My Friend Dahmer (a.k.a. Young Jeffrey Dahmer)
US: Mar 2002
“There are lessons to be learned in Dahmer’s story. It’s my belief that he COULD have been saved . . . that his victims could have been spared their horrible fate. If only some adult in his life interceded while there was still hope. Just one is all it would have taken. It’s the same thing Columbine teaches. Vigilance. Perception.”
John “Derf” Backderf, My Friend Dahmer‘s intro
Mass murderers and serial killers: we like to think they’re monsters, freaks of nature created by a bump on the head as a child, bad genetics, or some random fluke. Never do we think of them as lonely children starving for friends and attention. They’re isolated from the world around them, growing even more cold and distant from their peers as hormones take over and the teenage years set in. It’s kinda like looking at our parents’ yearbook photographs: even though we see that they were once young, we can’t accept it. We shake our heads, grunting, “Uh-uh!” We don’t want to believe it because we can’t accept the truth. The truth being that we might have been able to prevent these monsters from ever being, but societal rules, overworked teachers, and our own hormones, troubles and lives put the kibosh on that.
Case in point, John “Derf” Backderf. At the tender age of 12 Derf befriended Jeffrey Dahmer. Yes, the Jeffrey Dahmer that would go on to rape, maim, kill and ingest numerous young men. Derf was there. He witnessed firsthand the downward spiral that created the monster we all know Dahmer to be. And, through the magic that is the realm of comic books, we too witness it in Derf’s (auto)biographical My Friend Dahmer.
As Derf says in his intro,
“It’s a painful story for me to tell. Believe it or not, I consider Dahmer a tragic figure. But remember . . . my memories of him are of the tormented kid spiraling into madness, not the monster who later committed those horrific crimes. I remember him as bullied and shunned, much as I was. A quiet young boy who devolved helplessly into a twisted soul.”
Truth be told, it is painful to read, because we’ve all been there. At some point in our lives we’ve met (or been) the kid that everyone looked sideways at because well, they didn’t fit in, no matter how hard they tried. It’s painful because, now as an adult (or what passes for one), I look back and think about all the kids I tormented (not that there were a lot, but enough) and I wonder/worry how my actions changed them for the worse. Did I scar someone so horribly that they’ll one day suck the life from another person’s heart? This is what I worry about now, but back then, when my actions seemed funny, I thought nothing of it. And I’m willing to bet neither did you.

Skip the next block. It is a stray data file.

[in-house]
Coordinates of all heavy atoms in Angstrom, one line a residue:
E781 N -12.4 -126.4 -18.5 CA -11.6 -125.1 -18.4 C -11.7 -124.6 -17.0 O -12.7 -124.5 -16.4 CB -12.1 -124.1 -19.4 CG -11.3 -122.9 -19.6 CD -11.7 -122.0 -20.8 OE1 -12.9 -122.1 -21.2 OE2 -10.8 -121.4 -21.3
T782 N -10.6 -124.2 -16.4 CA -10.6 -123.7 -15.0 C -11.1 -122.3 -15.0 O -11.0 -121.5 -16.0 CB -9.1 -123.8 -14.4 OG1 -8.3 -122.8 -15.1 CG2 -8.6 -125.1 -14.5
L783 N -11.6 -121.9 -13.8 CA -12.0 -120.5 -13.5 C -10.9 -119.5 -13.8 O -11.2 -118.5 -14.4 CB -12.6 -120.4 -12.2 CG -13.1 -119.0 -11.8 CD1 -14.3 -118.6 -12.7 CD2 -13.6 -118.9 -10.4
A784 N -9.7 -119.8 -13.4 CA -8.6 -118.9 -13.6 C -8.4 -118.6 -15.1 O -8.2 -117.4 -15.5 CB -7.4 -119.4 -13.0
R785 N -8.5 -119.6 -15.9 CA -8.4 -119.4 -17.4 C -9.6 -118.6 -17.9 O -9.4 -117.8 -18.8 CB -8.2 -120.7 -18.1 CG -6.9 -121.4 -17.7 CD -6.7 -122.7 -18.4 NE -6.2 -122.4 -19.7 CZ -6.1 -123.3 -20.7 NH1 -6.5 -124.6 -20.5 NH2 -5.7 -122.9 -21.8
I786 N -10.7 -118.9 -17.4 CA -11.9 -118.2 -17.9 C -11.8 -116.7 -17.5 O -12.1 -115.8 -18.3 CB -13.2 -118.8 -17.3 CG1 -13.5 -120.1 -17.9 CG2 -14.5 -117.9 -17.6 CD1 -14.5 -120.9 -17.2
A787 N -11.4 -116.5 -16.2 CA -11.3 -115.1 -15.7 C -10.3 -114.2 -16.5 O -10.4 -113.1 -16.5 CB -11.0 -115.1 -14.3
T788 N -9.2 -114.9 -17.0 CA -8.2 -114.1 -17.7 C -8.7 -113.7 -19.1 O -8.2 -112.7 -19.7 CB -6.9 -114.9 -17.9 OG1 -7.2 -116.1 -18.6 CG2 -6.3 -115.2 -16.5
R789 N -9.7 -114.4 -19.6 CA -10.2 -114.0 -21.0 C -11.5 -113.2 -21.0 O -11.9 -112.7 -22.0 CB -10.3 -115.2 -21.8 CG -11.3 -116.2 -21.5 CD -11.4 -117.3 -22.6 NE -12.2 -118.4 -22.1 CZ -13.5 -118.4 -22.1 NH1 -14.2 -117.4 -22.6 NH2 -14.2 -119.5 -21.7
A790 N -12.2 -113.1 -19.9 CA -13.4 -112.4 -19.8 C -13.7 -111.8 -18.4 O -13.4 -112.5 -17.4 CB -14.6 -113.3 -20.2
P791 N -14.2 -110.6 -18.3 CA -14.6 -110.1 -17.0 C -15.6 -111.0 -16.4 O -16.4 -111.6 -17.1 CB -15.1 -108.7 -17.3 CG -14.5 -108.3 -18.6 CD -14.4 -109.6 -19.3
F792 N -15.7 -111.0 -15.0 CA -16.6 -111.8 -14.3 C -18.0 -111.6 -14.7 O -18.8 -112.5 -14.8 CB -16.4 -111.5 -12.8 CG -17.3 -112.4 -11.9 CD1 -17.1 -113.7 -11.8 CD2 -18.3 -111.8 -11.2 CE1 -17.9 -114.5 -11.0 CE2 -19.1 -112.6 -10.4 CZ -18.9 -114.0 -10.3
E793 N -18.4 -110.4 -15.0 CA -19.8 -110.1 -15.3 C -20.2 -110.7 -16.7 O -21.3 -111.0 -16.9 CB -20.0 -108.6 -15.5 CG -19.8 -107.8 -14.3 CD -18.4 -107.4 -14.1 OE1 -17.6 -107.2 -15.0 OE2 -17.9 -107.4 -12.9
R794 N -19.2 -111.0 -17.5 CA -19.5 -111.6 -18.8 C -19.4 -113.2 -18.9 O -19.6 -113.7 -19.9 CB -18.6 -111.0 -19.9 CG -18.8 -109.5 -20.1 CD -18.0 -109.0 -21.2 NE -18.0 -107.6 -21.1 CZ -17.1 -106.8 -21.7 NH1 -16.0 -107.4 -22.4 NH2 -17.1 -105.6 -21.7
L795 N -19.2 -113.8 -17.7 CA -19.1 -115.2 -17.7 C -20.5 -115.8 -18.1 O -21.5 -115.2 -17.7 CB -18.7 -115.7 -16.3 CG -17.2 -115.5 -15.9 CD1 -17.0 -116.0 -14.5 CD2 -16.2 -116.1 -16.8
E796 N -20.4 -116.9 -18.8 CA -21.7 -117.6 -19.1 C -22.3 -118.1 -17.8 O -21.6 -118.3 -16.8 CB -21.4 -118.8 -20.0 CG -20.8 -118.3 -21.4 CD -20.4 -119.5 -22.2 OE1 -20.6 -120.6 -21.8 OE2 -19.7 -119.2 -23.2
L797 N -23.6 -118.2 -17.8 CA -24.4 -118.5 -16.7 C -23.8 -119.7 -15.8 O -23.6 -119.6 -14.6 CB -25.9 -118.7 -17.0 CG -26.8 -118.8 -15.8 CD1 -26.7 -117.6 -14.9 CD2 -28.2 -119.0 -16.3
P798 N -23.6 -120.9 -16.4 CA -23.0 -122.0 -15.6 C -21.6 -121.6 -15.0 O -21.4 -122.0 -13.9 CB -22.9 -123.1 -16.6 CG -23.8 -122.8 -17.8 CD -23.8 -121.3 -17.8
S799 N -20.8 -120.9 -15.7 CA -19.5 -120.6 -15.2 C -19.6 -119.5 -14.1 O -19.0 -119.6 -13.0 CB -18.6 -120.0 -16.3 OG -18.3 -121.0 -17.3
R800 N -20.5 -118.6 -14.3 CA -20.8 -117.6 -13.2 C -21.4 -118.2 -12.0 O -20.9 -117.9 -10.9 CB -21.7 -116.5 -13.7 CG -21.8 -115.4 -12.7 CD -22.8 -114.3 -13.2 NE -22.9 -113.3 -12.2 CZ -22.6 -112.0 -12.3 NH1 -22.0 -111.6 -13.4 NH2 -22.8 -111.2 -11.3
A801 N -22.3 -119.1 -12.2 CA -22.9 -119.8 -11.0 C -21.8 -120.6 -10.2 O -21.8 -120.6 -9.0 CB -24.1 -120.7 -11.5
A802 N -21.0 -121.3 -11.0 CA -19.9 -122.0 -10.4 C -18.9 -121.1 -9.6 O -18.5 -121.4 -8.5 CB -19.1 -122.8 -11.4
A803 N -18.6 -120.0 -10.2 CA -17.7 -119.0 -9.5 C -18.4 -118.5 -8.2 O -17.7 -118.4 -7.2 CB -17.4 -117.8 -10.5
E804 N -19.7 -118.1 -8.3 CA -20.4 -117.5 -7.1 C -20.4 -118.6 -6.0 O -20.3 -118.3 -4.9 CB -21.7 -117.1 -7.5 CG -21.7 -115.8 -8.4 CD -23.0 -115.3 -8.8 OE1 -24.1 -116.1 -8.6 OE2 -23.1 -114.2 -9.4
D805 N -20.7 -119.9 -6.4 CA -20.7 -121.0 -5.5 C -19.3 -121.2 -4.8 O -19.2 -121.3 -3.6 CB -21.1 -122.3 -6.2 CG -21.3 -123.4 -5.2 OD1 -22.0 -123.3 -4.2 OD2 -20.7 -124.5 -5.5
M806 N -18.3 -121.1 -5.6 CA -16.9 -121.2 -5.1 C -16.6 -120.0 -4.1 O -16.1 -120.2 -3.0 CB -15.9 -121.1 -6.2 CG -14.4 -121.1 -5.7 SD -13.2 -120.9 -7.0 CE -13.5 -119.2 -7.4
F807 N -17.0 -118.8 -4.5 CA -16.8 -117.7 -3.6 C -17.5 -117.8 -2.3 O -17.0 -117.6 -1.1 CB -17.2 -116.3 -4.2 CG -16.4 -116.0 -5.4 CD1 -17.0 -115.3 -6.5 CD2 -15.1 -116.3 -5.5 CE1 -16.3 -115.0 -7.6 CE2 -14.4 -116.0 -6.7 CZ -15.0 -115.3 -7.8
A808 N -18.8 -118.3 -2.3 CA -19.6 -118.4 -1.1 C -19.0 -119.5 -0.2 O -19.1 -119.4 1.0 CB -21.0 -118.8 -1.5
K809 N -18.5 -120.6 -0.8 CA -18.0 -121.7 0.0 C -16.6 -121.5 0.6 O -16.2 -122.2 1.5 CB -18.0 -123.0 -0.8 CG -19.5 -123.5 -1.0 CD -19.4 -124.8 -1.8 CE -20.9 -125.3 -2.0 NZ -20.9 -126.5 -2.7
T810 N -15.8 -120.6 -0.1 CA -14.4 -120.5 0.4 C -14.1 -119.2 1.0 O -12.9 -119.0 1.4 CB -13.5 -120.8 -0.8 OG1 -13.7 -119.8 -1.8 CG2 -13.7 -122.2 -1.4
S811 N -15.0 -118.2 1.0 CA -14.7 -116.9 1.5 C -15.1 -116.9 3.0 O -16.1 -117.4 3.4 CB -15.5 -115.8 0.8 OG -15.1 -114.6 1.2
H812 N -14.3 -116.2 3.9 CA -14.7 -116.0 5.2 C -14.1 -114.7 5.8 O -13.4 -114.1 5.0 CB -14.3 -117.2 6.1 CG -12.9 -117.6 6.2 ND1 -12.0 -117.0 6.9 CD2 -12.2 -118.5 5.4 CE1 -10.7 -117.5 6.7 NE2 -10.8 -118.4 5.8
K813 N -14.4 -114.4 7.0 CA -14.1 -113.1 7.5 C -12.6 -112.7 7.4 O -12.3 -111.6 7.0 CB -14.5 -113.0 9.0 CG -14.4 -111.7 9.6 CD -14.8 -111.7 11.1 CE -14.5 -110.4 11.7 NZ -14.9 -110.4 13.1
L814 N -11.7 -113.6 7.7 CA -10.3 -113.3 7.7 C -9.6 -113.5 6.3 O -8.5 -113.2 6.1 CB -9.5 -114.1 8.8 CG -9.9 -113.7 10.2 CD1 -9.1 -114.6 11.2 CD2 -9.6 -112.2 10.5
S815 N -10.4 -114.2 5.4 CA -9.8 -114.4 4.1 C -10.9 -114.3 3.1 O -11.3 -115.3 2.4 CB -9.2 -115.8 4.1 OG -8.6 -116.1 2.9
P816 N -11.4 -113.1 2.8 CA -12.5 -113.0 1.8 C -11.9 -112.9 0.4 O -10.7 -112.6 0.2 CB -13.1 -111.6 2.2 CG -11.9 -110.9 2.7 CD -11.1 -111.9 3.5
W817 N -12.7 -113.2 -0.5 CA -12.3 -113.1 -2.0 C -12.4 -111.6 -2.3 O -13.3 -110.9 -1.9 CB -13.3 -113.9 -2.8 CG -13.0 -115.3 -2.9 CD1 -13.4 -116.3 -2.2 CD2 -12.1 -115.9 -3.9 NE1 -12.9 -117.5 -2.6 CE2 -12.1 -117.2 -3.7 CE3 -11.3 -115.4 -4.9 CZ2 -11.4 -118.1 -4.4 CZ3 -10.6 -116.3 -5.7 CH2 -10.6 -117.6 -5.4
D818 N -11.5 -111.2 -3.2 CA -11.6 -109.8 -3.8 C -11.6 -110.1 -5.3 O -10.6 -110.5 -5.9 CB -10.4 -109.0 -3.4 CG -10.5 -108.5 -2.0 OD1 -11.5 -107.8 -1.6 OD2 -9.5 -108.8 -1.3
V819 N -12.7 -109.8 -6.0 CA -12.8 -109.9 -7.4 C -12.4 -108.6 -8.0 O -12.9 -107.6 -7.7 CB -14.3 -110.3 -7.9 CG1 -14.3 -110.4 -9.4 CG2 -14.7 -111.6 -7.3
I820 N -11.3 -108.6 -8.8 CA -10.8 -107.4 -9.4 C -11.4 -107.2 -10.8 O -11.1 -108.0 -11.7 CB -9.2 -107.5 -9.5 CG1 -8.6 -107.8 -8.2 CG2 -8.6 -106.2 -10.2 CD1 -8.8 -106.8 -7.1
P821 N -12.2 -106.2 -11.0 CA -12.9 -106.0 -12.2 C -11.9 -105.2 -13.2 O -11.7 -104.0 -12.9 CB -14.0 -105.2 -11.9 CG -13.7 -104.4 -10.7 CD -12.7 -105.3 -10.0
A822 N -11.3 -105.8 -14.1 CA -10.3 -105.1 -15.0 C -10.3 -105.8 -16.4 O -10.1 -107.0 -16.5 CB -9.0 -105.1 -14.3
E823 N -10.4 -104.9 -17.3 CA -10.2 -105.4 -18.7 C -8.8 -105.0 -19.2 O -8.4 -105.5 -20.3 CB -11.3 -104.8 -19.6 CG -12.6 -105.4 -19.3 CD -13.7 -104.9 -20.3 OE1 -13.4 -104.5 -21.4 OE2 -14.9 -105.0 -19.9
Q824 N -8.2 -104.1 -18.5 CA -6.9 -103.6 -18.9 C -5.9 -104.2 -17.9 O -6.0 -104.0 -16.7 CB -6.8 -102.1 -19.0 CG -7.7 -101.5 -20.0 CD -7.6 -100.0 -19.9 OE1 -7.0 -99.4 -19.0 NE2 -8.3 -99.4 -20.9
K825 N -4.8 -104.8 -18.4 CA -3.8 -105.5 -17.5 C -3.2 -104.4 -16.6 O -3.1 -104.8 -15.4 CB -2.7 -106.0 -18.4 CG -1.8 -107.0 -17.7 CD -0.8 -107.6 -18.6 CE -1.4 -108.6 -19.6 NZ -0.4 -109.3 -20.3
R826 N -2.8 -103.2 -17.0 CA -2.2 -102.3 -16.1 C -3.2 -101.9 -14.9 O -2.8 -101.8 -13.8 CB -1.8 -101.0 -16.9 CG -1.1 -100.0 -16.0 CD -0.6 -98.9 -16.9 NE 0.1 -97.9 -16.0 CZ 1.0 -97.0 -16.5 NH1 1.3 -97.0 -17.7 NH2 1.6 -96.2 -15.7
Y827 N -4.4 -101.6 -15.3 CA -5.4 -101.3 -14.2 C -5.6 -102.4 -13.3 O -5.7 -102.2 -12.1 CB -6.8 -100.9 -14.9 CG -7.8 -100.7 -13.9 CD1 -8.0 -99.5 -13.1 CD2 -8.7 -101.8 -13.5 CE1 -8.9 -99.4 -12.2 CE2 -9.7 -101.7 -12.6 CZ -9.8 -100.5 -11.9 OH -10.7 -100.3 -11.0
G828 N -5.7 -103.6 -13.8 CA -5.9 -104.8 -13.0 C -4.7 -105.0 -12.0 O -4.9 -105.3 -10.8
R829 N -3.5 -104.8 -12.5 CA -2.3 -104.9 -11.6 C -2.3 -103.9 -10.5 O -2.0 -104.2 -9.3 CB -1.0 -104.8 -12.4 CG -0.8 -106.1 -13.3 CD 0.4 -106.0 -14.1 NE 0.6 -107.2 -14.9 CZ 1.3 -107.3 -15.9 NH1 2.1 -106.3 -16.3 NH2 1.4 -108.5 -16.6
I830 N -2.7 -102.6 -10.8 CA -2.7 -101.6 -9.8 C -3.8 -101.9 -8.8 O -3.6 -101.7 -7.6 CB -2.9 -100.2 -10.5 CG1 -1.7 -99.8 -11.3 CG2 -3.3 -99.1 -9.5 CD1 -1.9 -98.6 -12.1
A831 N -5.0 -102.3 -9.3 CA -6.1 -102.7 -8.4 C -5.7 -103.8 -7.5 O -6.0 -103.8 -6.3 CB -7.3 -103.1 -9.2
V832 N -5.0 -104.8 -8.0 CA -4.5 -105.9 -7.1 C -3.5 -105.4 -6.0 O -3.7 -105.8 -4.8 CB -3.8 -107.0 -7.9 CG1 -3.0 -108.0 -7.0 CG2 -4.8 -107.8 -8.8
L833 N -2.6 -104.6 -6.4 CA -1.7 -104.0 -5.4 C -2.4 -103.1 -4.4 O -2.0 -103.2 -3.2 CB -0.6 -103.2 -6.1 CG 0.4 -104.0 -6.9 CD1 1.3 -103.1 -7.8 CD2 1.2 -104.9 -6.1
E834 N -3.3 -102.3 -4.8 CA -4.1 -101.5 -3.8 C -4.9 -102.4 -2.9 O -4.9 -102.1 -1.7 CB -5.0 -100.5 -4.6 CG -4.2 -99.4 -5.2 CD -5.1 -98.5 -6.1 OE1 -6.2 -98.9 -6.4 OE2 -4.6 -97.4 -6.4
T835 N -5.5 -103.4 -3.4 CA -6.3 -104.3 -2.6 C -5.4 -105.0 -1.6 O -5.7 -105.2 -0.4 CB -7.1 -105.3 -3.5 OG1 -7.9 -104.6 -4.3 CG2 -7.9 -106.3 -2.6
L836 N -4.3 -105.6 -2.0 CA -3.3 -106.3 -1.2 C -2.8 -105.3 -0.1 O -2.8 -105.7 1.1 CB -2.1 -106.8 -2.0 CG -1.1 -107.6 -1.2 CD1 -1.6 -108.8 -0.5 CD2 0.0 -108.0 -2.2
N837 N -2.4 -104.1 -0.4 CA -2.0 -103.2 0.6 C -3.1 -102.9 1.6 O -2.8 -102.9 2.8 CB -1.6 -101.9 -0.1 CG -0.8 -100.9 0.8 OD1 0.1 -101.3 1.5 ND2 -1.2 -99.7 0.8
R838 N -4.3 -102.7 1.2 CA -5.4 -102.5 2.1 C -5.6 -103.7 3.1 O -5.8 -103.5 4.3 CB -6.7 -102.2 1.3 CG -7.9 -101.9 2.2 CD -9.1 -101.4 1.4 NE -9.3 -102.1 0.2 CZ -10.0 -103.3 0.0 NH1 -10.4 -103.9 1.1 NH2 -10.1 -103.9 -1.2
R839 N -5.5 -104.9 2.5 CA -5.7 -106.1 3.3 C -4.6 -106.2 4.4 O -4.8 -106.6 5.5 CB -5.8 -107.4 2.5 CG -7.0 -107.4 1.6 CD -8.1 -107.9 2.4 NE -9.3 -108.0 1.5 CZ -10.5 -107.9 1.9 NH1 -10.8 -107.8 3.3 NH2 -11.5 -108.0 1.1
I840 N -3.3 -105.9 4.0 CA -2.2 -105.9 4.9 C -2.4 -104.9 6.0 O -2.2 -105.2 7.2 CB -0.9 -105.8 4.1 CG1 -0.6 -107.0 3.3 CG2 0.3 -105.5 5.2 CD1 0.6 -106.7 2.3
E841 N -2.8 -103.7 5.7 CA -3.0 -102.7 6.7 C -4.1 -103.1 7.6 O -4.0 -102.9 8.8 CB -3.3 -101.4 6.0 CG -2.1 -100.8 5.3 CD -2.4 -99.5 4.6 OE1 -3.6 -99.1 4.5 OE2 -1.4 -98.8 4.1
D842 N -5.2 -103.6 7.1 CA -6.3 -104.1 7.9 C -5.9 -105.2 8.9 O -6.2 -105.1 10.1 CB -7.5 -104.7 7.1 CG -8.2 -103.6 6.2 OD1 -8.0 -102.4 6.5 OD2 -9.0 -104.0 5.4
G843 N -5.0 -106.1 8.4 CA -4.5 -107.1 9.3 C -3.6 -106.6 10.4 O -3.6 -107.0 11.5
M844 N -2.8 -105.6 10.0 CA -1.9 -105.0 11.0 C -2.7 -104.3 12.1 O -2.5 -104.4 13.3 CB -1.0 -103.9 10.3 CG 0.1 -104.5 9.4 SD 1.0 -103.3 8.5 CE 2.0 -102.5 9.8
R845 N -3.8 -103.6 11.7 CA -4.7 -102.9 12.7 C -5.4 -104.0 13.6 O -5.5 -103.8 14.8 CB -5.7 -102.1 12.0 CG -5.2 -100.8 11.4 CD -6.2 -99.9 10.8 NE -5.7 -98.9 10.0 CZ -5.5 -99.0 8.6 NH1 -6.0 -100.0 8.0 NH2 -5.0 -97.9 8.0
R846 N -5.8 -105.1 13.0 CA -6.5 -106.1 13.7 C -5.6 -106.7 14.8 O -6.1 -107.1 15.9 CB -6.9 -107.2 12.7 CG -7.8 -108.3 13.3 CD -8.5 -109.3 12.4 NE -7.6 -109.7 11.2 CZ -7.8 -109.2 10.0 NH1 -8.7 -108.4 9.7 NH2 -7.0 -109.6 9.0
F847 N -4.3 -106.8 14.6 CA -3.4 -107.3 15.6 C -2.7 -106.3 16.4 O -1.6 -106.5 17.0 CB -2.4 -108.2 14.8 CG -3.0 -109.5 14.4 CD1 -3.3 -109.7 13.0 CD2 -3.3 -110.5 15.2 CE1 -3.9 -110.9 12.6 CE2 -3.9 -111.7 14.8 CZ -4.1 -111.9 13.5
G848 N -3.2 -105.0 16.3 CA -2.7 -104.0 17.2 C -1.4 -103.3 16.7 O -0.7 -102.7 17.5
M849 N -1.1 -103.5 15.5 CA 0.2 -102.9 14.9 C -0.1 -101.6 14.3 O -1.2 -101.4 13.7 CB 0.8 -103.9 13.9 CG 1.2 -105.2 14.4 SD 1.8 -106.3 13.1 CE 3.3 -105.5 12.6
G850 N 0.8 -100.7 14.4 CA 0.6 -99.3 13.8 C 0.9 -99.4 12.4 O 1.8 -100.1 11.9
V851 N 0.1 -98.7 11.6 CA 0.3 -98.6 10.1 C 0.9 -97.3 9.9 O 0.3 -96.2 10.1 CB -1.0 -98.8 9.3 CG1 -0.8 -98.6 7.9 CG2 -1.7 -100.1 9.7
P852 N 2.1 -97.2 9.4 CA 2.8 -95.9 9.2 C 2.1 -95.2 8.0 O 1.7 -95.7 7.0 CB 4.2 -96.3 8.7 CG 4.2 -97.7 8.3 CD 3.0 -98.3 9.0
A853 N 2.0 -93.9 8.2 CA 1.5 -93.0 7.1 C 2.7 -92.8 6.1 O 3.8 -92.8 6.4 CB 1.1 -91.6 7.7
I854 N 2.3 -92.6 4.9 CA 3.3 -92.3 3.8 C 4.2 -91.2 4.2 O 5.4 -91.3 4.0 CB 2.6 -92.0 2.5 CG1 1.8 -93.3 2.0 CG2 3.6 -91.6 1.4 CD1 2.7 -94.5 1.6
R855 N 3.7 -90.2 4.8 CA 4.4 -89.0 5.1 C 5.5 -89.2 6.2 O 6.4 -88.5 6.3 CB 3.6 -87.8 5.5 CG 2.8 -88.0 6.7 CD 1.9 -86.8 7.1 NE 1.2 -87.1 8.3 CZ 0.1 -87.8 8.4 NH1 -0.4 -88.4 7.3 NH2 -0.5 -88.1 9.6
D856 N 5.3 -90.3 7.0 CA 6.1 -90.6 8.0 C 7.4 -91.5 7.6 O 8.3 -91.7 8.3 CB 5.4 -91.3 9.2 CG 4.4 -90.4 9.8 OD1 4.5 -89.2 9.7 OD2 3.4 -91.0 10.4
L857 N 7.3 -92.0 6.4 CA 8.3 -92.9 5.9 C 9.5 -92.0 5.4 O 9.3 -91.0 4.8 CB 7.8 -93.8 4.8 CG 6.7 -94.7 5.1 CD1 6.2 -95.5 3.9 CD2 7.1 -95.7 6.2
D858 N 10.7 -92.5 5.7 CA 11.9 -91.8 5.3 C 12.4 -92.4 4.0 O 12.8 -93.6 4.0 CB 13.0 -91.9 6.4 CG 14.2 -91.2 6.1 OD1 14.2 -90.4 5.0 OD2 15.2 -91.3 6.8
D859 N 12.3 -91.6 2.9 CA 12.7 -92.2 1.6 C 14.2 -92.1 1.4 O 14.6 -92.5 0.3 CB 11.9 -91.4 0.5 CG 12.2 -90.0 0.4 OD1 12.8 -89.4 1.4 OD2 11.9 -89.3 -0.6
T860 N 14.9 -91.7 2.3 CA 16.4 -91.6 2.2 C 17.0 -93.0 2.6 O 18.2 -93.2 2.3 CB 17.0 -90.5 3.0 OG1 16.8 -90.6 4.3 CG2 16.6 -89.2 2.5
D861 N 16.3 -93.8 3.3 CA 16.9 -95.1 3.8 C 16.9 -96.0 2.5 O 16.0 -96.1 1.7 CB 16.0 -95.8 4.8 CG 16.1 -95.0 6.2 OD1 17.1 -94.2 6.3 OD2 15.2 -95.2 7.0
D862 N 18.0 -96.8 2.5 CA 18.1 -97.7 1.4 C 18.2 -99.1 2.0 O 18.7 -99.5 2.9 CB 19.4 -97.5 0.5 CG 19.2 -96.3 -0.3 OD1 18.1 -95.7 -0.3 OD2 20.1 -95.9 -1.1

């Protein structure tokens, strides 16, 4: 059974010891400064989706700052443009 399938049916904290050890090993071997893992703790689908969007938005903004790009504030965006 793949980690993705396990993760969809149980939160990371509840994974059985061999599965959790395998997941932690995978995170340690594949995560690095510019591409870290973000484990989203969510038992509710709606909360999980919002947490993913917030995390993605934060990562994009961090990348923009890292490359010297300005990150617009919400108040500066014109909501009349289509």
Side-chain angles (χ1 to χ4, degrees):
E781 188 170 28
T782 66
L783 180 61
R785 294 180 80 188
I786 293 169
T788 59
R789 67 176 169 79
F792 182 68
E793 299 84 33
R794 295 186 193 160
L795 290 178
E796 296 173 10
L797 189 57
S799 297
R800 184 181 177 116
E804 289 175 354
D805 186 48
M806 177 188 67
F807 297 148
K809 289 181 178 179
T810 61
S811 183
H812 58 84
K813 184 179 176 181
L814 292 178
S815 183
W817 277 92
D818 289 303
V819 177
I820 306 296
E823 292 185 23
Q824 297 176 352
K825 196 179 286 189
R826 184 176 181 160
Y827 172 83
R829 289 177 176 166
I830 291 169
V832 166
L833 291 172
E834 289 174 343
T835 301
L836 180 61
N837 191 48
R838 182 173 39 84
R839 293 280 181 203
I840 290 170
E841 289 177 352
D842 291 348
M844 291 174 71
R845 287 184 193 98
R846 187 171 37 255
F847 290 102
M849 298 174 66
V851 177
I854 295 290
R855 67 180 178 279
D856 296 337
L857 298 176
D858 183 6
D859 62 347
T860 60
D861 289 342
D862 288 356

In Dahmer’s case, before anyone knew the true horror that bubbled over in his head, Derf saw the warning signs. You know, the flashing red lights that scream, “Something’s not right!” But he was a teenager, what was he do to? If the adults that were being paid to monitor stuff like this weren’t doing anything, then who was he to say anything? Besides that, we all should remember the number one rule of the playground: you don’t rat out a friend . . . ever!
Back then, maybe that was the mentality, but today today, in this post-Columbine world, we’re extra sensitive to the kids that constantly ditch class, show up to school drunk, walk down the halls mimicking those suffering through cerebral palsy, dress in black, brood, write bleak poetry and prose, play first person shoot-em-up computer games in their dank basements, listen to anything but those oh-so-catchy and overly annoying pop songs, and/or do anything outside the norm.
Now in no way, shape or form am I knocking vigilance. What’s merely being pointed out is that anyone with a different opinion, look or attitude from the rest of the flock is being tracked like a shipment of plutonium throughout the four years of hell we call high school.
Columbine taught us the exact opposite of what it should have. We should have learned that being different is okay; that just because others are different than the masses doesn’t mean they’re worthless and, in turn, should be teased. Instead, what we seem to have taken away is ultra-fear of those who aren’t smiling all the time.
Rosa Parks, Martin Luther King, Jr., Malcolm X, and millions of others in the 1960’s brought equality to the forefront of our lives. They forced our parents to look in the eyes of those we had oppressed for years on end, and accept them as the equals that they always should have been seen as. No, peace wasn’t achieved overnight nor is it here now, but it’s closer than it was half a century ago . . . or so I’d like to think.
So why hasn’t this same level of acceptance transferred into our high schools? If the ‘60s taught us anything at all, we should embrace individuality. But My Friend Dahmer proves that nothing has really changed. Jeffrey, like an untold number of teenagers, was dying to fit in, but what did he get for his troubles? Ignored by the teachers, abandoned by his parents, and taunted by his peers. Ultimately, isn’t that what happened to Eric Harris and Dylan Klebold (the two boys who went on a rampage, killing and wounding over 30 classmates and teachers at Columbine High in Littleton, Colorado)?
What we’re left with is two possibilities:
1) We let the oftentimes vicious cycle of high school taunting continue, which could lead to the creation of other Dahmers and/or Columbines or
2) We become hyper-vigilant, thus squashing everything that is different.
It’s a double-edged sword, but ultimately we’ll continue on with #1 simply because we’re too lazy to stick with the second choice. And before we know it, another serial killer or mass murderer will pop up, and we’ll all ask, “Where were the warning signs?” Well, look no further than My Friend Dahmer to find the answers.
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